"He was looking for you, so I told him to look in my room. You're welcome," she laughed.
I used to believe that rapes happened in dark alleys and parking garages. I thought they had to be physically violent, the man forcing your legs open. I was a child of the '90s weaned on after-school specials and made-for-TV movies about innocent white girls losing their virtue at the hands of a psychopath. It was all "No means no!" I had never considered that rape could happen when you're so drunk you can't even hold your body upright and you're vaguely attracted to the guy who creeps into the room where you're fading in and out of consciousness. We didn't talk about consent, let alone ongoing consent, enthusiastic consent. We didn't talk about slut-shaming, toxic masculinity, and misogyny in women, about the interconnectedness of all these things. We can't identify what we don't have the language for. And so I didn't have words for what had happened to me. I knew that whatever it was, it felt wrong, but I wasn't entirely aware of why I felt that way.
Martha's behavior left me uncomfortable, like I was wearing an itchy shirt that I just learned to ignore. It would take me a long time to understand the gravity of what she had done-many years after, we stopped speaking. I'd asked her for a safe space to lie down, and she'd offered me up for the taking. We fought a lot that year about things unrelated to what had happened at her party. It was as if my mere existence offended her. After one such fight, another friend of mine began referring to her as "Selena's killer." He'd seen a picture of the two of us at a party where I am smiling at the camera while she is scowling and looking at me sideways. She legit looks like she is about to murder me. Martha and I eventually had a giant falling-out, which seems to have been inevitable, as she turned out to be a hater in the highest degree. We made a few feeble attempts to reconnect over the years, but I stopped after she randomly went nuts on a benign Facebook post of mine.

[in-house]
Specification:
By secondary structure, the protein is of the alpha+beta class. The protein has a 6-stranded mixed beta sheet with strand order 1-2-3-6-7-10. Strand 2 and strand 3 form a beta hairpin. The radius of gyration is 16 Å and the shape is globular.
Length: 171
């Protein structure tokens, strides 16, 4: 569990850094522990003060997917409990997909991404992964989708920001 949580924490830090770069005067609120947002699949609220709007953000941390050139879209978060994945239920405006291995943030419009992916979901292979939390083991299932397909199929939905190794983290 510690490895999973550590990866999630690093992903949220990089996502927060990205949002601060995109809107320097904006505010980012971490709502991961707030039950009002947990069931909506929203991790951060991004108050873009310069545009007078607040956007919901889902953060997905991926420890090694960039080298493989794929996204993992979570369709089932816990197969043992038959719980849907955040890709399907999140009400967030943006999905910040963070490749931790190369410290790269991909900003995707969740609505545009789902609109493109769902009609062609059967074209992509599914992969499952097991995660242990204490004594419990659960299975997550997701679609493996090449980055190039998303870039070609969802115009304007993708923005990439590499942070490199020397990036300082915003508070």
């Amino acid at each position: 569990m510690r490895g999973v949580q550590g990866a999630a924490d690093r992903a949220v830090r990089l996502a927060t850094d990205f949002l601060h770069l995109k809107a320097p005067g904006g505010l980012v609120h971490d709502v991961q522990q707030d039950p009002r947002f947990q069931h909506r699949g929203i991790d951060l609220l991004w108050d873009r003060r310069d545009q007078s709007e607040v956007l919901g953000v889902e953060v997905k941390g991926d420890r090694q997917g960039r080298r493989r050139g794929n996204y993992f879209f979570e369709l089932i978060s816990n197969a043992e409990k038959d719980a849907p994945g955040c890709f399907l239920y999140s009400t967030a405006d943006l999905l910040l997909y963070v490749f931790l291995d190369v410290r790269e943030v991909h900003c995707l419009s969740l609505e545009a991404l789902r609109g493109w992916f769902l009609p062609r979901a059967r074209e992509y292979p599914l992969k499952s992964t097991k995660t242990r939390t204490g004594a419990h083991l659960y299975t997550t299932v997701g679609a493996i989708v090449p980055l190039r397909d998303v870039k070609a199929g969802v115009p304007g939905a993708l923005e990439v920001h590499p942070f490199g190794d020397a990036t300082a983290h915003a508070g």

My vagina continued to itch and hurt, and I couldn't stop thinking about it. The situation seemed hopeless until I had my first appointment at the Chicago Women's Clinic. I had volunteered there a number of times, and so I knew and respected their philosophy and had a lot of faith in them as a result. The practitioners, most of whom were nurses and midwives, didn't cover the lower half of your body during exams, because they believed it was important that you see and understand what they were doing. They also warmed their speculum (as everyone should), and the stirrups were covered with knitted cozies. The clinic had been around since the 1970s and the outdated wood paneling made me feel like I was sitting in someone's grandma's house in rural Wisconsin.
During my initial visit, a nurse offered to show me my cervix in a mirror. I was nervous and even skeptical for a moment because I had never seen it before-I was only familiar with my outer layers-but I agreed. I knew I shouldn't be afraid of my own body. I was a feminist, after all.
Copyright © 2022 by Erika L. Sánchez. All rights reserved. No part of this excerpt may be reproduced or reprinted without permission in writing from the publisher.